HH: Now obviously, Majority Leader McConnell has the key role of orchestrating the final vote, but chairman of the Judiciary Committee, Chuck Grassley, is the one who will convene the hearings. So you’ve been talking with him, obviously. When do you expect the hearings to begin, Raj Shah?
RS: Well, we haven’t determined a date in conjunction with the committee. That is their role and prerogative, but a little bit of history. The last two Supreme Court confirmations have occurred in 66 days. And that is with, you know, President Obama selecting Elena Kagan in 2010, which was a mid-term election year, I’d like to remind everyone listening, as well as Justice Gorsuch last year. So a little over two months, about two months is the historical standard between nomination and confirmation, obviously with the hearing as part of that process. So this will give ample time for senators in the majority and the minority on the committee and off the committee to ask the White House questions, to ask Judge Kavanaugh questions, to be heard and take on their Constitutional role of advice and consent.
HH: Will Judge Kavanaugh offer to meet with all senators?
RS: Well, we haven’t gone through that process just yet. We certainly will offer to meet with all members of the Senate Judiciary Committee. Today, he’s going to be going to the Hill to meet with members, members, particularly the leadership, Senator McConnell and Senator Grassley, Chairman Grassley of the Judiciary Committee. But we’re going to go through this process. Obviously Judge Kavanaugh will be meeting with many senators, and the President and Don McGahn in particular have talked to dozens of senators over the last week and a half through this process.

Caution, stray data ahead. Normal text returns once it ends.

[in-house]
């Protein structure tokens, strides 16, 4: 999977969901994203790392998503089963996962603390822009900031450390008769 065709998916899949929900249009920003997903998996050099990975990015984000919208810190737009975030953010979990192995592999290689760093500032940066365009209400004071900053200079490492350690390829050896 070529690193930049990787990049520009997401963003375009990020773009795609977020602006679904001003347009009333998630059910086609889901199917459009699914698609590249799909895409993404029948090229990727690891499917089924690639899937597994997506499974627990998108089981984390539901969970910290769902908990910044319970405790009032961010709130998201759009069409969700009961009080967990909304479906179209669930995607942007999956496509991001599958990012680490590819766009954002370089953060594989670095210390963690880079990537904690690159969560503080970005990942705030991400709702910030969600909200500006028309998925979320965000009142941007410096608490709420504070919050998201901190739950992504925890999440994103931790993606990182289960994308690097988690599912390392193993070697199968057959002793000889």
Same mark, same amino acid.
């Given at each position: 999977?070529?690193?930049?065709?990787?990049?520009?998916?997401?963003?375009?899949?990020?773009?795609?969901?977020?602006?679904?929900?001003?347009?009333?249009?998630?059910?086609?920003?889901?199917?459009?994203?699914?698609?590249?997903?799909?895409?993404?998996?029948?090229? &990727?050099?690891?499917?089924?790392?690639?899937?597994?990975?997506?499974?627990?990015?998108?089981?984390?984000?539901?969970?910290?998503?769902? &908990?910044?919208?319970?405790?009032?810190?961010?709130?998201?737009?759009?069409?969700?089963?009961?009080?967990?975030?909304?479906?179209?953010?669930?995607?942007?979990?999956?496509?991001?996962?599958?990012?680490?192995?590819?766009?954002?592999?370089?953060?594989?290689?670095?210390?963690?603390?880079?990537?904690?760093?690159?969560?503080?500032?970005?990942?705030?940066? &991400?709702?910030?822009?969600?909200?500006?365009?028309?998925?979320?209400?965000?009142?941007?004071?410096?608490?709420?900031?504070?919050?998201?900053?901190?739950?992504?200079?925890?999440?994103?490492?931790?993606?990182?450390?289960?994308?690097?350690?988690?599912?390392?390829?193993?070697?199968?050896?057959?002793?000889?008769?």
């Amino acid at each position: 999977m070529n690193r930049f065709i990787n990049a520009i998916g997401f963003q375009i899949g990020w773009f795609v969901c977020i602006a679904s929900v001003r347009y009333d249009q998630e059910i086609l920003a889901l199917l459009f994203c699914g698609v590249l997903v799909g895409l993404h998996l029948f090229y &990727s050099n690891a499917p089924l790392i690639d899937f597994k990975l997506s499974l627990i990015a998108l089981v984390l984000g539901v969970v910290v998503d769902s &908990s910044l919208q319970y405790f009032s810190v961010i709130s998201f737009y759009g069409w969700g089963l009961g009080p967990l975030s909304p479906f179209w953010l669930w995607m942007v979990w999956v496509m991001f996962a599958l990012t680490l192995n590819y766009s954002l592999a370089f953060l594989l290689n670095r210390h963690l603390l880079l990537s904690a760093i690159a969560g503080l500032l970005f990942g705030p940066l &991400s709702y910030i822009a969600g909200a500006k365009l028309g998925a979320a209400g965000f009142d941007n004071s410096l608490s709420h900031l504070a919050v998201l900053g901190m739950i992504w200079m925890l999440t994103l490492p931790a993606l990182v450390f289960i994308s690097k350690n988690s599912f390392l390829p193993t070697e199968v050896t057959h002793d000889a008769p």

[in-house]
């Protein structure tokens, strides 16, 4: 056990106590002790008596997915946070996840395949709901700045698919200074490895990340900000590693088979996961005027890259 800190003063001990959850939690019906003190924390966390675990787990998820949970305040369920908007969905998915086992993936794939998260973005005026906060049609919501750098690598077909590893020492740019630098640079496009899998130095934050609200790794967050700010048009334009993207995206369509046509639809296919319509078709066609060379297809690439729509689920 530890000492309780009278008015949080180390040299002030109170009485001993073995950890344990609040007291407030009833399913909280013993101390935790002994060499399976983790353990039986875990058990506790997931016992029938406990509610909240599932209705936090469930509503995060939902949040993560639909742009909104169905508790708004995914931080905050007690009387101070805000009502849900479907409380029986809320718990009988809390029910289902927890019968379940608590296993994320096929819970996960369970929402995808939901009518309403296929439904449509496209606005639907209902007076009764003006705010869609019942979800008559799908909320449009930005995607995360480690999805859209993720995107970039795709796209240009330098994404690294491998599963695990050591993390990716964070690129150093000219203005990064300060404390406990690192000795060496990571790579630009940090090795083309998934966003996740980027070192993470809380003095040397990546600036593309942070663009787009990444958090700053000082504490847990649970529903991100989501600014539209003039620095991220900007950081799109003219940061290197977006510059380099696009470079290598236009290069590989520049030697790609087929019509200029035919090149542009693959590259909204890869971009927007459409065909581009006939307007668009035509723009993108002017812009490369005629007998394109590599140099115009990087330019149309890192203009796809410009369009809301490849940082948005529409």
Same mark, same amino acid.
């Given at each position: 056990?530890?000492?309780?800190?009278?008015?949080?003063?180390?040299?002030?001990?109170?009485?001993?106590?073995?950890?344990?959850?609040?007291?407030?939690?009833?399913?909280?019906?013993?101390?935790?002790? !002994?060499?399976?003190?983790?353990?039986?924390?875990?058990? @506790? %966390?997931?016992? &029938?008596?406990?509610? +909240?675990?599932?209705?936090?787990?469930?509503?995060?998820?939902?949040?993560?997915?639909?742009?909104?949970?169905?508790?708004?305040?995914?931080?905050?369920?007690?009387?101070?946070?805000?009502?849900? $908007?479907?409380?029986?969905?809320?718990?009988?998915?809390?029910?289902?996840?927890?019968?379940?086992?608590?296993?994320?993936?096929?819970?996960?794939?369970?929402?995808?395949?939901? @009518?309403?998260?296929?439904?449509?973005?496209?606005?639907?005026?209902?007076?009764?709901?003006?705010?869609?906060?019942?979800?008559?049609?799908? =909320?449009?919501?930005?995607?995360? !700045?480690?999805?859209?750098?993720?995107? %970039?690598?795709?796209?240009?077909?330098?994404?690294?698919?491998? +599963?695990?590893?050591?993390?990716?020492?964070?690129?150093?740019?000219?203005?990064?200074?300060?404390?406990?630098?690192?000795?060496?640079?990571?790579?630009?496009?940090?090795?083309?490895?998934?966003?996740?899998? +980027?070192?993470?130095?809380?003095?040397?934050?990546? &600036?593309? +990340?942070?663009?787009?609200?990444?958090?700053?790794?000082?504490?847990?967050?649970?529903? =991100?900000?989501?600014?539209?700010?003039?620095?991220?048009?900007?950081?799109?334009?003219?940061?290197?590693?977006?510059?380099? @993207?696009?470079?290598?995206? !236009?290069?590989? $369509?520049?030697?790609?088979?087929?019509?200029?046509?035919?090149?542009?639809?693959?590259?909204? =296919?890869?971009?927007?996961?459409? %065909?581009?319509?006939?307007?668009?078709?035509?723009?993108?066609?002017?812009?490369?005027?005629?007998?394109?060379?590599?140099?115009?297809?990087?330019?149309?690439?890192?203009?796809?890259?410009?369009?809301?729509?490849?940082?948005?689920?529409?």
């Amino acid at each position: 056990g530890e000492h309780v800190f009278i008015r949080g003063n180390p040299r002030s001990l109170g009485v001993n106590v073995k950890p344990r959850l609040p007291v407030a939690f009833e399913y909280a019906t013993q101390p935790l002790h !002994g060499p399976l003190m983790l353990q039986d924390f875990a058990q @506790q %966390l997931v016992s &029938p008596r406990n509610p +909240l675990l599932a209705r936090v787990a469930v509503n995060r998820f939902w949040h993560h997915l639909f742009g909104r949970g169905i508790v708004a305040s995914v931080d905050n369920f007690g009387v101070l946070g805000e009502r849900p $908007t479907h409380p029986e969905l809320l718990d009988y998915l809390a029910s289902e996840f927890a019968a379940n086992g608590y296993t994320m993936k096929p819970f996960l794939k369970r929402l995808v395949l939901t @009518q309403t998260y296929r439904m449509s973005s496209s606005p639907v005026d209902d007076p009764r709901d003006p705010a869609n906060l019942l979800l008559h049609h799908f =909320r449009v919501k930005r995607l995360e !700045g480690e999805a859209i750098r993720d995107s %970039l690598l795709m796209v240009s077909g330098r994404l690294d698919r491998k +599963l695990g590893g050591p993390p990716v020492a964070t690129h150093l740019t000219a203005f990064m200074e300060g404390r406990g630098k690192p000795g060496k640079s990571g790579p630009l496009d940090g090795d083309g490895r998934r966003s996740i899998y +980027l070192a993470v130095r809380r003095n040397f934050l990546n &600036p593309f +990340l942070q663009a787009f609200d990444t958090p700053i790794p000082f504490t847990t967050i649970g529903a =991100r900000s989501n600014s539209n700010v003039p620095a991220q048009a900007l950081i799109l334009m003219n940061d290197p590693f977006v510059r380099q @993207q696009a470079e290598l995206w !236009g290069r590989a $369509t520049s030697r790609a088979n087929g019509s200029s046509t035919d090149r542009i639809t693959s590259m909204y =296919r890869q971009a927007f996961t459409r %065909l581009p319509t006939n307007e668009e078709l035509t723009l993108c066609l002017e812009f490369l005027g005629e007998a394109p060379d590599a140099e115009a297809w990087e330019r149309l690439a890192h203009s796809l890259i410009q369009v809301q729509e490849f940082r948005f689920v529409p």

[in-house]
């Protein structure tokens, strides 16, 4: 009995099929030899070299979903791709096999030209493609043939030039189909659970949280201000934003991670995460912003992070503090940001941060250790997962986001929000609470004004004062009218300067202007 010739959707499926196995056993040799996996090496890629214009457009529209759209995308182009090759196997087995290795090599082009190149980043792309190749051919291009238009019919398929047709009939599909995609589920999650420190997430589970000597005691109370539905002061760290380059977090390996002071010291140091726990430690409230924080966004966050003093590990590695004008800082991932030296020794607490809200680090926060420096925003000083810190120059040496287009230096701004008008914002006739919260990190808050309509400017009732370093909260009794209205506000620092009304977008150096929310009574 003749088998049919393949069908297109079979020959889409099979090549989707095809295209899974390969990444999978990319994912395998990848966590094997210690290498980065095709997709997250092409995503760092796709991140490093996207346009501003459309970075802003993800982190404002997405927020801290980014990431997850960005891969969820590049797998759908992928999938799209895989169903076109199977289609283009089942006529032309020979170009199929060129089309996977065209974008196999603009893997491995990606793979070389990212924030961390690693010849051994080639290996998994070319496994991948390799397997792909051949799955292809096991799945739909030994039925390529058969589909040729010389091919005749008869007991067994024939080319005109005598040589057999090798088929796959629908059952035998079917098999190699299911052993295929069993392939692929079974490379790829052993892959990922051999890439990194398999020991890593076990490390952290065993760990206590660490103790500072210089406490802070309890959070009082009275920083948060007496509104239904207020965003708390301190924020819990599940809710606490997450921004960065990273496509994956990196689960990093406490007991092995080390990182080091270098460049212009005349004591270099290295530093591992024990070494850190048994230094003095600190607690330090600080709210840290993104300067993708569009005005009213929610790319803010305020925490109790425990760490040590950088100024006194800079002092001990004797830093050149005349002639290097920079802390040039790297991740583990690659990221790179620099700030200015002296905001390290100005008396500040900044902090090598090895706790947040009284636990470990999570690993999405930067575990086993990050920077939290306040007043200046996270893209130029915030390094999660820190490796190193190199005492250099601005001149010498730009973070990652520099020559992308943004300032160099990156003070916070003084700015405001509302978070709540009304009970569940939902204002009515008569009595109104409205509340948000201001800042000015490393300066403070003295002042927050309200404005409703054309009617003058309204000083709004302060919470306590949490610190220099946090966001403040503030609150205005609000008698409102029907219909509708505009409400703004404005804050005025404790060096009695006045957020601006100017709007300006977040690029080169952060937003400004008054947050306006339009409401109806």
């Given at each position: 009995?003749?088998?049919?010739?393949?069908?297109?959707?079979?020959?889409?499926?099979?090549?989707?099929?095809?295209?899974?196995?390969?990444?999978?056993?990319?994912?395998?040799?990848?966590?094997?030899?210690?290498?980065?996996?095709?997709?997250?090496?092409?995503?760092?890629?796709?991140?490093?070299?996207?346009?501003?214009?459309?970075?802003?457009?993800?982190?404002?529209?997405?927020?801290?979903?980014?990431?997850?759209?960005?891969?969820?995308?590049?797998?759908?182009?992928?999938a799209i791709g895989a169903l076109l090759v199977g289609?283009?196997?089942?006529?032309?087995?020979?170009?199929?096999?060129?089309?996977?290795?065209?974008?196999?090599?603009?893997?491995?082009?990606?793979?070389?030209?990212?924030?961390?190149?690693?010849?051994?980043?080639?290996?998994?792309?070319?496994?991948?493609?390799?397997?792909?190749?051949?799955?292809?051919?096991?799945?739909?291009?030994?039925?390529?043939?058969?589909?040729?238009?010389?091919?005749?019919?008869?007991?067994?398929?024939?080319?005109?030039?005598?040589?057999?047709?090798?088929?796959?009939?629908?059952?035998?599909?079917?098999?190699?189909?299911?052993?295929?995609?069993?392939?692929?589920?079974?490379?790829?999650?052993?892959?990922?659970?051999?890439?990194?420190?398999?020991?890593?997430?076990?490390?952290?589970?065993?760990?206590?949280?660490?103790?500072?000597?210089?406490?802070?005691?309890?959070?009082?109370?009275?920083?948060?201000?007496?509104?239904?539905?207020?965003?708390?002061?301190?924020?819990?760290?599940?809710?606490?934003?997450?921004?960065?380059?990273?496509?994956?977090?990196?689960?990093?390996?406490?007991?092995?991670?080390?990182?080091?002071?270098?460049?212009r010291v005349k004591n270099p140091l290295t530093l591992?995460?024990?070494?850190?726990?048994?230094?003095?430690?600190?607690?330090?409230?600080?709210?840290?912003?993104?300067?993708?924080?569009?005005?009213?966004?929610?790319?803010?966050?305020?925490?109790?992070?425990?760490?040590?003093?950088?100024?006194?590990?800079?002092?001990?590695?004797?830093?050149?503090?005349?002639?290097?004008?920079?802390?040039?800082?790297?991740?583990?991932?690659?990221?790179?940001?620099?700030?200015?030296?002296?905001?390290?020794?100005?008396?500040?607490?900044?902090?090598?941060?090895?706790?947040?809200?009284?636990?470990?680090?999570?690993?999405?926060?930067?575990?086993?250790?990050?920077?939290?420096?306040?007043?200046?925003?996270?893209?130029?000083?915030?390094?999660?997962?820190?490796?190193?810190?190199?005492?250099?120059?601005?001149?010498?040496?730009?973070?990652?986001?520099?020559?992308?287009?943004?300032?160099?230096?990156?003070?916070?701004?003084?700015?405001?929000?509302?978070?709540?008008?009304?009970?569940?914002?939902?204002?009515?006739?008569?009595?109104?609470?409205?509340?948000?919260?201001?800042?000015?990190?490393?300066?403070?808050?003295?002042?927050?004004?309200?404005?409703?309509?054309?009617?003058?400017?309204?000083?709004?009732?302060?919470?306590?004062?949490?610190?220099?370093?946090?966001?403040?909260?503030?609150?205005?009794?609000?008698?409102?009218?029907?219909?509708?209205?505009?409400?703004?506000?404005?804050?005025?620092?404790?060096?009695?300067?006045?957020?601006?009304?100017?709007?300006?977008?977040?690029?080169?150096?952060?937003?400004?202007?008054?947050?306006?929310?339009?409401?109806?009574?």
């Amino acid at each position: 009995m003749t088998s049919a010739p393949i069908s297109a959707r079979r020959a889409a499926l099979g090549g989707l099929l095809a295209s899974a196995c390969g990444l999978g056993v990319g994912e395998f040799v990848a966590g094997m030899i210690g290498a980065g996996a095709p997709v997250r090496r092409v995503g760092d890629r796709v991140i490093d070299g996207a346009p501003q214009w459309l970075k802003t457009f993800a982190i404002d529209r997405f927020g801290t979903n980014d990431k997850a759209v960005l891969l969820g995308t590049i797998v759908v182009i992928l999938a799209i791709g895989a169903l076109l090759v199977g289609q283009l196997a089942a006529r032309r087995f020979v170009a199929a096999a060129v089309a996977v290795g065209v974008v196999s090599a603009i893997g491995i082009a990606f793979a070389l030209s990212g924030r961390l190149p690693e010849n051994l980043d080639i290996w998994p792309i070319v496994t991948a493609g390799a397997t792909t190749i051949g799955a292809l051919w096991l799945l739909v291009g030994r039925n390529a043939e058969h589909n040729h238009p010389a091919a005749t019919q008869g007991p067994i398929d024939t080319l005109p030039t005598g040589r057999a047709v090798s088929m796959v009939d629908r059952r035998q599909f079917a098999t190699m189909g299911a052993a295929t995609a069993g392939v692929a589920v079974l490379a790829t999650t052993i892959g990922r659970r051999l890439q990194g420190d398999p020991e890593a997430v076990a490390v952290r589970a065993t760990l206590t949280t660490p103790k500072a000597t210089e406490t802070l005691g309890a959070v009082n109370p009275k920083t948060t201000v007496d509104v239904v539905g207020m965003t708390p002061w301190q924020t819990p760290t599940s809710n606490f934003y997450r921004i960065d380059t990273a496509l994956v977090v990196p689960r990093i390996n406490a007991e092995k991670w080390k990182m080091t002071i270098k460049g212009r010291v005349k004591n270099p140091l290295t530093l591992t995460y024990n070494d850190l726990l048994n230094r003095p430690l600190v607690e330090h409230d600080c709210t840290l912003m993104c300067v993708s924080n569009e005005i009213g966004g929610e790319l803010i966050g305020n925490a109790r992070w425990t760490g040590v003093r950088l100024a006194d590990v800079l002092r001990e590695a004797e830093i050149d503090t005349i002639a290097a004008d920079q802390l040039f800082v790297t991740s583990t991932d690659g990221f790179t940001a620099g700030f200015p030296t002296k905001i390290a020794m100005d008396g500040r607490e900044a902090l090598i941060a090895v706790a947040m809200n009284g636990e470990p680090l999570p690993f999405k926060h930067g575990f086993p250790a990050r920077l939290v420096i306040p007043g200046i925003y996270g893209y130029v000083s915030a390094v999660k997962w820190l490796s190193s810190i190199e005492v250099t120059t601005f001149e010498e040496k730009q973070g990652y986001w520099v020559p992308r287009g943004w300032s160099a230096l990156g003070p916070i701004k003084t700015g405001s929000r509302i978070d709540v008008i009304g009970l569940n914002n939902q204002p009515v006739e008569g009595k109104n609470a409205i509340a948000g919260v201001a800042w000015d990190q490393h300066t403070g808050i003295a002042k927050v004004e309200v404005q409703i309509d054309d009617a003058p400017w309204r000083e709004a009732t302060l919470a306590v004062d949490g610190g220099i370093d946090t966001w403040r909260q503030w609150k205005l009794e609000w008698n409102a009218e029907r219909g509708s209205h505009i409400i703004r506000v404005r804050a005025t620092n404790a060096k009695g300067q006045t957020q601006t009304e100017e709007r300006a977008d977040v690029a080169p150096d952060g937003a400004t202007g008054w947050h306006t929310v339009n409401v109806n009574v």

HH: When Chief Justice Roberts was nominated, I got a call from my old friends in the White House that said we have to release all your files from the White House Counsel’s office, because they’re germane to his nomination. Will all of the files of Brett Kavanaugh from his George W. Bush years be released, Raj Shah?
RS: Well, we’ll figure the process of making as, you know, clear and fair a disclosure as possible, and be as transparent as possible. Judge Kavanaugh obviously has a voluminous record, but he also has 300 written opinions in the D.C. Court of Appeals. That is by far the most relevant to how he would be as a Supreme Court justice, and it is the most information that one can glean into his actual record and jurisprudence. You know, being copied on you know, correspondence when you are the staff secretary, how much bearing that has on one’s Supreme Court tenure is you know, pretty specious at best, but we’ll work with the Senate in that process and accommodate them accordingly.
HH: Do you, Raj Shah, have a team member down at the Bush library working on this, though, because I remember this quite clearly, and Democrats threatened not to give the Chief a vote until and unless all of his White House files were released. There has to be a check about that which can’t be released because of classified stuff, but eventually we’re going to have to yield on this. Do we have a team down there already working on it?